In today’s ultra-connected world of smartphones, tablets and smart watches, it has never been more important to protect the rights of disabled members of our society to access audiovisual content. Indeed, barrier-free access to audiovisual content is paramount to our fundamental right to freedom of expression and information.There are other countervailing rights, such as the right to the enjoyment of one's own property -- but this is not the place to mention them, nor is the Observatory the body responsible for them. The publisher continues with some questions:
But how does guaranteeing maximum access work in practice? What steps have European lawmakers taken, and are taking, to ensure that the 15% of our society with some form of impairment can enjoy optimum access not only to traditional TV, but also the internet and the increasing number of on-demand services? The European Audiovisual Observatory, part of the Council of Europe in Strasbourg, examines the current legal state of play in its latest report.In its slender 43 pages this report is said to cover recent developments on broadcasting legislation concerning, among others, disabled people, covering Albania, Spain, Ireland, Italy, Romania and Slovakia. Adds the website:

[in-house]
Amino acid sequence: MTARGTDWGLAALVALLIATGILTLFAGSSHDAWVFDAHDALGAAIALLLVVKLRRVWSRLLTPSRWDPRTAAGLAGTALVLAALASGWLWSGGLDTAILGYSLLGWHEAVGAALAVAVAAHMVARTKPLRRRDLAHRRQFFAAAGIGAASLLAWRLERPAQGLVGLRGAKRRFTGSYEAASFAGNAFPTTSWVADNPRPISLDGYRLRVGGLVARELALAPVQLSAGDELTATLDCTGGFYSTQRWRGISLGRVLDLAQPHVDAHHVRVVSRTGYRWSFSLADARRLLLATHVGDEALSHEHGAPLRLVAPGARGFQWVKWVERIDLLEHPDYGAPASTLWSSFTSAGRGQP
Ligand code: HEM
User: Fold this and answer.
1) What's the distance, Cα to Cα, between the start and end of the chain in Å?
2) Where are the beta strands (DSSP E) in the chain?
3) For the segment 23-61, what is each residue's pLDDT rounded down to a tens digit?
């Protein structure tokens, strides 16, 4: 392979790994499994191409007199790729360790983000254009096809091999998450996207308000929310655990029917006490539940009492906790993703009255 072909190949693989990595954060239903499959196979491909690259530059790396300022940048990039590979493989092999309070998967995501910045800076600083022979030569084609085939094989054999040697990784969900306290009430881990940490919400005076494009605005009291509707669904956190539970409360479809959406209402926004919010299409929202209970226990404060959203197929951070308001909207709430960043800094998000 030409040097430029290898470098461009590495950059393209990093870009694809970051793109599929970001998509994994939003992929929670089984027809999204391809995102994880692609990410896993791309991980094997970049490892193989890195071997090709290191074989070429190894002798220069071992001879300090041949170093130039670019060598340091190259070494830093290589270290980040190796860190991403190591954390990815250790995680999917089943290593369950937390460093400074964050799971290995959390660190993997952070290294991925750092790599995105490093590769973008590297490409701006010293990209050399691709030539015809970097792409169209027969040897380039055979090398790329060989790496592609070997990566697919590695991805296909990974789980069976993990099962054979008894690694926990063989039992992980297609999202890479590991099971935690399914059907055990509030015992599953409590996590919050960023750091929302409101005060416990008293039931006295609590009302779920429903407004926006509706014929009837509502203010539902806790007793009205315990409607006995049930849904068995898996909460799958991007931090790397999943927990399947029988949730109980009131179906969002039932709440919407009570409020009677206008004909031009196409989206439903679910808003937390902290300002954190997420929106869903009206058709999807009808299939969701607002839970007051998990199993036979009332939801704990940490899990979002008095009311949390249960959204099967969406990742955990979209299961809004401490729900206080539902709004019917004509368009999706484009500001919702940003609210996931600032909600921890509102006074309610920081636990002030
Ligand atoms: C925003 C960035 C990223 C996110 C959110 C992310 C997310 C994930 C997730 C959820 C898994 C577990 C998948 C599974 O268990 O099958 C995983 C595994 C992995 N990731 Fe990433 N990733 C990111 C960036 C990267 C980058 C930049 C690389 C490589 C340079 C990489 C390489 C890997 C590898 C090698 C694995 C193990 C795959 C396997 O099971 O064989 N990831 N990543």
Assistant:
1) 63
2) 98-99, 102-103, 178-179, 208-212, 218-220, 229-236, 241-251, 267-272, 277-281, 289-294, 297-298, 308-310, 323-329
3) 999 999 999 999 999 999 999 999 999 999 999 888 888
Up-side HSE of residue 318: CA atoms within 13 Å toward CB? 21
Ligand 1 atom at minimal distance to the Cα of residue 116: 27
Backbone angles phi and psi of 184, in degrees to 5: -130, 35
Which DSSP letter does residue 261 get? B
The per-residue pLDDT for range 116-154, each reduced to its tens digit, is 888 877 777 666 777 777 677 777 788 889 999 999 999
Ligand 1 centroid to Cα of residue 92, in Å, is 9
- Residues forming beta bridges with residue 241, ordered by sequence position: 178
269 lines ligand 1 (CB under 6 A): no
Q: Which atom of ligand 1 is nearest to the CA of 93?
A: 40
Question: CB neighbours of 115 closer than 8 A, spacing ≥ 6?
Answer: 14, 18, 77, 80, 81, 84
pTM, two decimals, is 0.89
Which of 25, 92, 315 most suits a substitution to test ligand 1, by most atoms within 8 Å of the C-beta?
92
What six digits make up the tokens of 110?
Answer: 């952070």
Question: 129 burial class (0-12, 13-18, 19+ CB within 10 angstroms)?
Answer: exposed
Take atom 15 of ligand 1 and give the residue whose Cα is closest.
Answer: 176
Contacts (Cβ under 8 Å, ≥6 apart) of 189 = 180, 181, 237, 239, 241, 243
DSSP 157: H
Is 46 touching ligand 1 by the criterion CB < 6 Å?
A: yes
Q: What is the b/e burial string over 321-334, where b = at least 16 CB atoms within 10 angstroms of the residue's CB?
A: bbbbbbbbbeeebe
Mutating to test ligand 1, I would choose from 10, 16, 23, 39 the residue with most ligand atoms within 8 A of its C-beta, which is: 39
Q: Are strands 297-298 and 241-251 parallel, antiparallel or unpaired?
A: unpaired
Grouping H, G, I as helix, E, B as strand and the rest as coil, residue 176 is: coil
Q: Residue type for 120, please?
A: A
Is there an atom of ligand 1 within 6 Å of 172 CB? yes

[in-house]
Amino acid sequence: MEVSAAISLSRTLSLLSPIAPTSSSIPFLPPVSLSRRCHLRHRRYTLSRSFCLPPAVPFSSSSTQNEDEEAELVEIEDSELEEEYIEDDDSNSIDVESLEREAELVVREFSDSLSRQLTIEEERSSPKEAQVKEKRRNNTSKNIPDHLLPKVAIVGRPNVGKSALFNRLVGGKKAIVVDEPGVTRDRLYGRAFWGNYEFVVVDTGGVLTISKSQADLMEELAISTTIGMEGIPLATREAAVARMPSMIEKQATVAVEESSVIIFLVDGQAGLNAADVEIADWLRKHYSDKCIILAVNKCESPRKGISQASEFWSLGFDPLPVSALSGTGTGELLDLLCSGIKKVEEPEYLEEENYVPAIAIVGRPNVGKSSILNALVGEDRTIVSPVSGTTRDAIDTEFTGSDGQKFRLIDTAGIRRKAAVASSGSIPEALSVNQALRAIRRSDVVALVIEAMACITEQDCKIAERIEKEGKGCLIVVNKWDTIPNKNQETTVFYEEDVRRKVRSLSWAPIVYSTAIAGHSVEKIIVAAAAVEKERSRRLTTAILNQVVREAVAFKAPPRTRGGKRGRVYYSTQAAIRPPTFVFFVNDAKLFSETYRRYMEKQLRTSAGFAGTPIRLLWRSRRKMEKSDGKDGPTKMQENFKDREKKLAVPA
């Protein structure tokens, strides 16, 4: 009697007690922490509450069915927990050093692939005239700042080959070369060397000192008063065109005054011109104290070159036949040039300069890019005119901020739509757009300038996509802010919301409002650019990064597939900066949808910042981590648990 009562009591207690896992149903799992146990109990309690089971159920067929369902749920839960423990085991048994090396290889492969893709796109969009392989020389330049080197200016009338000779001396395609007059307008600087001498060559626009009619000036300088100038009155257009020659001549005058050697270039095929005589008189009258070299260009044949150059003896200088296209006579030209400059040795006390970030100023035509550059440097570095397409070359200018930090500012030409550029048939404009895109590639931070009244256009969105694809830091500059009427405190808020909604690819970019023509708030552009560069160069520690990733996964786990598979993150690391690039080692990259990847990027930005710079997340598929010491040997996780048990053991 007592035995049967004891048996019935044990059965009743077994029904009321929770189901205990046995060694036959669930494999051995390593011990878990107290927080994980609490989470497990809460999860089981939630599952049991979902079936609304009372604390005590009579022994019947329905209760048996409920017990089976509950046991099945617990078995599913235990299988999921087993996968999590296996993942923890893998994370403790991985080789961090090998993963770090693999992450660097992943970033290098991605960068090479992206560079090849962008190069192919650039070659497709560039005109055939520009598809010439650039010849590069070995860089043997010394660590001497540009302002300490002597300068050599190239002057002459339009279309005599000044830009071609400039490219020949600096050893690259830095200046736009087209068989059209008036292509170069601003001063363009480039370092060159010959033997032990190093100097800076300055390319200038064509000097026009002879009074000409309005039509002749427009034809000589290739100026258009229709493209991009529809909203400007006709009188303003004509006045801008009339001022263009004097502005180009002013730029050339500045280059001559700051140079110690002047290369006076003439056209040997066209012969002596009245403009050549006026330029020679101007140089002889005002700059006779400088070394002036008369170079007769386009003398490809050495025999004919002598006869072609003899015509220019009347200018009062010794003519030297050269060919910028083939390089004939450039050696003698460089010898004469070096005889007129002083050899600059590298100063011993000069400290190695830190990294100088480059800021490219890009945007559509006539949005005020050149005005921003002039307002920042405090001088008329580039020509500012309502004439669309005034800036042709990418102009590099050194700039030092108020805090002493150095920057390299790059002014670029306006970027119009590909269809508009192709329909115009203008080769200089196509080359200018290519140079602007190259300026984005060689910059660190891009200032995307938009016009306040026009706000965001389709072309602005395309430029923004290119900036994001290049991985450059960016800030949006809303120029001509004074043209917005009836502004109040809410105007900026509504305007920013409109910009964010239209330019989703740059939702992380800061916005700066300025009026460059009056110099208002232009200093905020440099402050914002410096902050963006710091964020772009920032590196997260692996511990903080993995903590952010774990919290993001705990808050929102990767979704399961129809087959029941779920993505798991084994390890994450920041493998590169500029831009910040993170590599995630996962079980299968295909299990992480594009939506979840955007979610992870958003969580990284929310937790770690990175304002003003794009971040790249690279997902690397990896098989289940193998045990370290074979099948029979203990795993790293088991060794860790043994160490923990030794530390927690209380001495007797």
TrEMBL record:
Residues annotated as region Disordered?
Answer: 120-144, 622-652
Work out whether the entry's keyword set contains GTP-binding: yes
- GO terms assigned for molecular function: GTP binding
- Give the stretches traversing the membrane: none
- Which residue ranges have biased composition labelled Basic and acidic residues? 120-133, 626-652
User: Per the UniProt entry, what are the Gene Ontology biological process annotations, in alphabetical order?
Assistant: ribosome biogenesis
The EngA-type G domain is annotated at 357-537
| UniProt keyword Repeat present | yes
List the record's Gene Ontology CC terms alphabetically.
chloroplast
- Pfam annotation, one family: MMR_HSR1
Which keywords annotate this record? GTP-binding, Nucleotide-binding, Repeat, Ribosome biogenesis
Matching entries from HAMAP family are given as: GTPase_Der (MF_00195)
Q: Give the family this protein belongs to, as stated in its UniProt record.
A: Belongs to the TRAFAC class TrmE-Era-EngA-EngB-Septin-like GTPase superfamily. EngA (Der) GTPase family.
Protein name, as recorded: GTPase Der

This brand new report’s Related Reporting offers a rich factual overview of recent developments on broadcasting and copyright legislation concerning people with disabilities, and of recent case law on media and disabilities.More information is available here.